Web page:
Astronomers have come across something truly amazing. Observations have surprised a protostar – a star in the making – in its earliest stage ever witnessed. The stellar fetus has only accreted about 20 percent of the matter surrounding it and has yet to begin nuclear fusion.

Artist's impression of a protostar, with its jets of outflowing matter, protoplanetary disk, and envelope of gas and dust. (c) NASA/JPL-Caltech/R. Hurt (SSC)

Artist’s impression of a protostar, with its jets of outflowing matter, protoplanetary disk, and envelope of gas and dust. (c) NASA/JPL-Caltech/R. Hurt (SSC)

Theories regarding star formation are rather well established, however there are many gaps in empirical observations. Scientists still can not tell for sure if their theoretical models match the processes that occur in nature, mostly because spotting stars from the very first dust clouds to their final stages of formation when they become bona fide stars is very difficult.

The protostar in question, dubbed L1527, is only 300,000 years old at the time of observation, and astronomers speculate it could be even younger, making it the youngest ‘baby star’ yet encountered. The protostar is 450 light-years away from Earth, lying in the constellation Taurus. Its close proximity allowed for fine resolution observations of the protostar’s formation process via the Atacama Large Millimeter/submillimeter Array (ALMA) telescope in Chile.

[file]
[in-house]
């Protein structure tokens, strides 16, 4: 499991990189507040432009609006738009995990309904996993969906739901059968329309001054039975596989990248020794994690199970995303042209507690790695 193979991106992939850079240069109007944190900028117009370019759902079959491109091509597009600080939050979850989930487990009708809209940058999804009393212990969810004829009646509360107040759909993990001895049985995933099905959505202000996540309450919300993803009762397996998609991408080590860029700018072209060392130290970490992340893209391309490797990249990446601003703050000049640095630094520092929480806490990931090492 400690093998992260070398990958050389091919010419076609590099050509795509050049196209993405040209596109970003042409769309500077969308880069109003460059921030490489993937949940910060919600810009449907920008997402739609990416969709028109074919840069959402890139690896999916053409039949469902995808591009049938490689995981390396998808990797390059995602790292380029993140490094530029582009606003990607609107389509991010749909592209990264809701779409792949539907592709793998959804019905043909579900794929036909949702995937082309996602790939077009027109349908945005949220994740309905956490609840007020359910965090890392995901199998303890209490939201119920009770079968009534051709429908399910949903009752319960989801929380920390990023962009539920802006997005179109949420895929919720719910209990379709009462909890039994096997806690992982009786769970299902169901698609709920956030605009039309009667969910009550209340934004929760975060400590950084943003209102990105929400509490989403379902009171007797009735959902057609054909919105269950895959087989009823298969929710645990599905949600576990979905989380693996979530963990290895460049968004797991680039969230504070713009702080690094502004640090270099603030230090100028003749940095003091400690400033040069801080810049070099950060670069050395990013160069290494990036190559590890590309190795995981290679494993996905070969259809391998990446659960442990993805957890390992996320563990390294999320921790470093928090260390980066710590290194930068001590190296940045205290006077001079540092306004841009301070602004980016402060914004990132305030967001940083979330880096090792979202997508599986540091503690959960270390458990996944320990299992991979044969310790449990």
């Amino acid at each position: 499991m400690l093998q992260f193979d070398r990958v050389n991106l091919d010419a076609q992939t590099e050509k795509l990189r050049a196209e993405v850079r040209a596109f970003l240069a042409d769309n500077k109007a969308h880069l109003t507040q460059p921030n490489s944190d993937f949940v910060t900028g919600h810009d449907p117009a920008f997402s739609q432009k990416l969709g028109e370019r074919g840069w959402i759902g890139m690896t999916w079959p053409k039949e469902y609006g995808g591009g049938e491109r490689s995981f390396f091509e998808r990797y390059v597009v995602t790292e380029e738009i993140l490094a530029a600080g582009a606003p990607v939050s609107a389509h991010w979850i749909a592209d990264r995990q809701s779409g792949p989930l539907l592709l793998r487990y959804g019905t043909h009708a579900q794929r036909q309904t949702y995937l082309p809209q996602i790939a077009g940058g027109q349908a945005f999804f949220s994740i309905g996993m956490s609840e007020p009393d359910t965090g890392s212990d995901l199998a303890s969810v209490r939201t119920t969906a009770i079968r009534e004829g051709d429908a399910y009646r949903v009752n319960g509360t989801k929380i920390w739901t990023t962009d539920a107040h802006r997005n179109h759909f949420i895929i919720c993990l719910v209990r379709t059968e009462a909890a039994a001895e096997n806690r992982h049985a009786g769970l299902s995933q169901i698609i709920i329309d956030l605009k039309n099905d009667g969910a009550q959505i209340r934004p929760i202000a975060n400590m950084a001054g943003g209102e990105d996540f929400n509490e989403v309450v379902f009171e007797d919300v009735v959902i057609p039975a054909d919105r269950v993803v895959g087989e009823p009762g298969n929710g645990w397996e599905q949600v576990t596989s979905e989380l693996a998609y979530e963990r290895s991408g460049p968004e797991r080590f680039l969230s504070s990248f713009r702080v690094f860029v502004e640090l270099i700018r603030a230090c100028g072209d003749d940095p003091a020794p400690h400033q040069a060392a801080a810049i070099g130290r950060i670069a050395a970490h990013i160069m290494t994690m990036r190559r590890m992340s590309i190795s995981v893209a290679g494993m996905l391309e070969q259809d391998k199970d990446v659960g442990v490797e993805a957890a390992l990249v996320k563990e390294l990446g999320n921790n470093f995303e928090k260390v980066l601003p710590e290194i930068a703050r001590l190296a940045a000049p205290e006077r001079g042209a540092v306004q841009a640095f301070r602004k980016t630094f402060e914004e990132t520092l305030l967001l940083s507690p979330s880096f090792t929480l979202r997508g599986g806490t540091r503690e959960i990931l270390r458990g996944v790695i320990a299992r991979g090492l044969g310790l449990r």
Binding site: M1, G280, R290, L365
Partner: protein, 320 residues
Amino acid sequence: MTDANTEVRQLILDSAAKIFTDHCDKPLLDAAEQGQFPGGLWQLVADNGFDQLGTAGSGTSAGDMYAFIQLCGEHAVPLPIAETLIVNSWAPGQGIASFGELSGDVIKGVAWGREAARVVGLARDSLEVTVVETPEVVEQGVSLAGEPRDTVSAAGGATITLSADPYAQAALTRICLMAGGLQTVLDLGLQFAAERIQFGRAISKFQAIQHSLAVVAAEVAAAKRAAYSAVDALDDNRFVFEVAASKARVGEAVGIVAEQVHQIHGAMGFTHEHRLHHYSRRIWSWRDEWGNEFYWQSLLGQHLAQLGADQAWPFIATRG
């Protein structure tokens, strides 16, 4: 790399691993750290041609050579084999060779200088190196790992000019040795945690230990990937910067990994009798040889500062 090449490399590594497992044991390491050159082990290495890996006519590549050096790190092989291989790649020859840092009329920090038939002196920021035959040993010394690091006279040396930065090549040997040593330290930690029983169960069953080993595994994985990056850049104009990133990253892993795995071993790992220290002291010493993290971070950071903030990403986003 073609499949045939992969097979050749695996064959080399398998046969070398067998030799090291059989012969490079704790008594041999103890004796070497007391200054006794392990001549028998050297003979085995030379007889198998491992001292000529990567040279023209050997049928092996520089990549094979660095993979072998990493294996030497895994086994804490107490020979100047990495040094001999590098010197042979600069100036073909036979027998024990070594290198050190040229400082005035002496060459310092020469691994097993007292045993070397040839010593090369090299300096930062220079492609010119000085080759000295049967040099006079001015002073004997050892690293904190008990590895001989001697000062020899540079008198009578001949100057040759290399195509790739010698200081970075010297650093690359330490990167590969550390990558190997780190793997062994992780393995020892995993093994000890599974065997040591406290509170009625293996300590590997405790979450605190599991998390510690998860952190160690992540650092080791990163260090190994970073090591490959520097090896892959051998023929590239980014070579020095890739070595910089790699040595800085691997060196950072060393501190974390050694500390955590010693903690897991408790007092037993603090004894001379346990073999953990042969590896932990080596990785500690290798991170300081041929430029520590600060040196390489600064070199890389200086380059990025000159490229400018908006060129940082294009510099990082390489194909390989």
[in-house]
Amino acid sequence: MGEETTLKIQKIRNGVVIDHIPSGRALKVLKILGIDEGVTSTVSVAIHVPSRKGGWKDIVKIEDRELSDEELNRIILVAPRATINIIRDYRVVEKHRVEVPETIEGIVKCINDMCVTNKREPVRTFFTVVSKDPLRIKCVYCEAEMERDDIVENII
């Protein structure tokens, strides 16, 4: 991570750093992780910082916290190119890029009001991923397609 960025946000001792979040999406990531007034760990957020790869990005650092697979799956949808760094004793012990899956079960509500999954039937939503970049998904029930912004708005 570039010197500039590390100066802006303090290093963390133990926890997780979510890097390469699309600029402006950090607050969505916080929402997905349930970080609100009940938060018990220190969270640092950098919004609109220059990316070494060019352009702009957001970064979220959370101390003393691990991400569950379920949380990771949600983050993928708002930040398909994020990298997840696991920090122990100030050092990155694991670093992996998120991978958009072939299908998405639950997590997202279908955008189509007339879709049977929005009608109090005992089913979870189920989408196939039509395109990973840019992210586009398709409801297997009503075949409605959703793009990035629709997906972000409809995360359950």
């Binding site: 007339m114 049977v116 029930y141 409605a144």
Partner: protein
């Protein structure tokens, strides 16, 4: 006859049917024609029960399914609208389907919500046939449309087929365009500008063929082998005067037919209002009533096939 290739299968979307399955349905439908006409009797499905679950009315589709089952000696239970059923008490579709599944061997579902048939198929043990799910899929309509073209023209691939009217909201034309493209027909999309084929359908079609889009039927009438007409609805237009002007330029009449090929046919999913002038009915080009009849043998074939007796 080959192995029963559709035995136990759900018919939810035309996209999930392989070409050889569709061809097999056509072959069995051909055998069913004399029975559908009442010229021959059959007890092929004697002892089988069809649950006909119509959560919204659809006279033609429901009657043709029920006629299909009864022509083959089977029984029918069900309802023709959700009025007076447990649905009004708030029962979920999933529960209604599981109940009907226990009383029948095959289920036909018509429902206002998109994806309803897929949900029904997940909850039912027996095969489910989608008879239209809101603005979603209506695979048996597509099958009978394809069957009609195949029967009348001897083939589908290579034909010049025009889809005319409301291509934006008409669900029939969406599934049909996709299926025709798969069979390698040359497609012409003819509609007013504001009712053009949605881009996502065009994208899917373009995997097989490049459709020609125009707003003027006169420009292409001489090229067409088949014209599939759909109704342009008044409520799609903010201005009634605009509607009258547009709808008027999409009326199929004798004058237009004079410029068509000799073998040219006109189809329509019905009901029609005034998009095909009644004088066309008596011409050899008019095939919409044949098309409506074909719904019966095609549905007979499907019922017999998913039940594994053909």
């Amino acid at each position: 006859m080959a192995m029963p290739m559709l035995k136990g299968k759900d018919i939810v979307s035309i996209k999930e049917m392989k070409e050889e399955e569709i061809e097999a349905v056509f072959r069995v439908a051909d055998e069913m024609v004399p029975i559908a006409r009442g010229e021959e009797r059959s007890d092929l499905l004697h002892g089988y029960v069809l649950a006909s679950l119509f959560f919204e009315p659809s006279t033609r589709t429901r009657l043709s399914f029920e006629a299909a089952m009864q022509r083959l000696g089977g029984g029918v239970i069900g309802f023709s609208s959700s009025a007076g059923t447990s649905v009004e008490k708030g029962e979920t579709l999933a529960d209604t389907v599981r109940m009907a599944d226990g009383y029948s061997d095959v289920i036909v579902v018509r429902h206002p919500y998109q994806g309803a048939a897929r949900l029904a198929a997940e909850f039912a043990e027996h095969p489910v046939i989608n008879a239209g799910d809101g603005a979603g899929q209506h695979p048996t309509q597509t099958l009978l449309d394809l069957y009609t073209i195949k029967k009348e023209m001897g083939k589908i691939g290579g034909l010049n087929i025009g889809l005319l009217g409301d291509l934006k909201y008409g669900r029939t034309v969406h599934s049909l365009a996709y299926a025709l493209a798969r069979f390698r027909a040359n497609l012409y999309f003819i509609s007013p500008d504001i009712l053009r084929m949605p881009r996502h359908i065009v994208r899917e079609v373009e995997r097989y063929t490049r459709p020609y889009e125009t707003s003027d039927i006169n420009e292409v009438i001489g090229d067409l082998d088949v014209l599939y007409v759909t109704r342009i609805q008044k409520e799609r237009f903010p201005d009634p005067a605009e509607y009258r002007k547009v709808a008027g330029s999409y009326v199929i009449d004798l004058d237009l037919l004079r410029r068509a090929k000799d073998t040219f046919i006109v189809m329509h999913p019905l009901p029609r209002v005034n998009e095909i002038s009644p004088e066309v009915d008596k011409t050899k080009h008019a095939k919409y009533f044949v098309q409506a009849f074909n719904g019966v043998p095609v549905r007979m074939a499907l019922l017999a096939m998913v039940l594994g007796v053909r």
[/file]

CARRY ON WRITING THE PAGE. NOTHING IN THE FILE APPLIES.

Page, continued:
“There’s five times more material surrounding it that could be
incorporated in [the star],” said John Tobin., a Hubble fellow at the National Radio Astronomy Observatory in Virginia. “There is still a lot of room to grow, so to say.”

A new star will be born, hopefully

Typically a star forms when a dust of cloud reaches a critical mass and collapses under itself to form a central core. In time, as the core emits infrared light heating its surroundings known as the “envelope”, more and more matter is accreted and energy is released. In L1527, 90 percent of its energy comes from material landing on the surface of the protostar, while the remaining 10 percent comes from the proto-star itself.

“There is a rotationally supported disk around this protostar,” said Tobin, adding it’s a “key element” in building planets. “It lets the material hang out long enough for the planet formation process.”

It’s worth noting however that not all protostars go on to become stars.

Currently, L1527 is classed under Stage 0 on the stellar evolution scale. By comparison  the Sun is a middle-aged matron, at 4.6 billion years of age. The disk surrounding it is about 180 astronomical units (AU) in diameter – an AU unit is the average distance from the Earth to the Sun – comparable in size to our Solar System.

“We want to get a more detailed view of the structure of the rotating disk,” Tobin said, adding, “We’re also trying to look at more young protostars to find more disks like this. You can get a big picture view of everything that’s going on.”

Findings were reported in the journal Nature.

[via Ars Technica]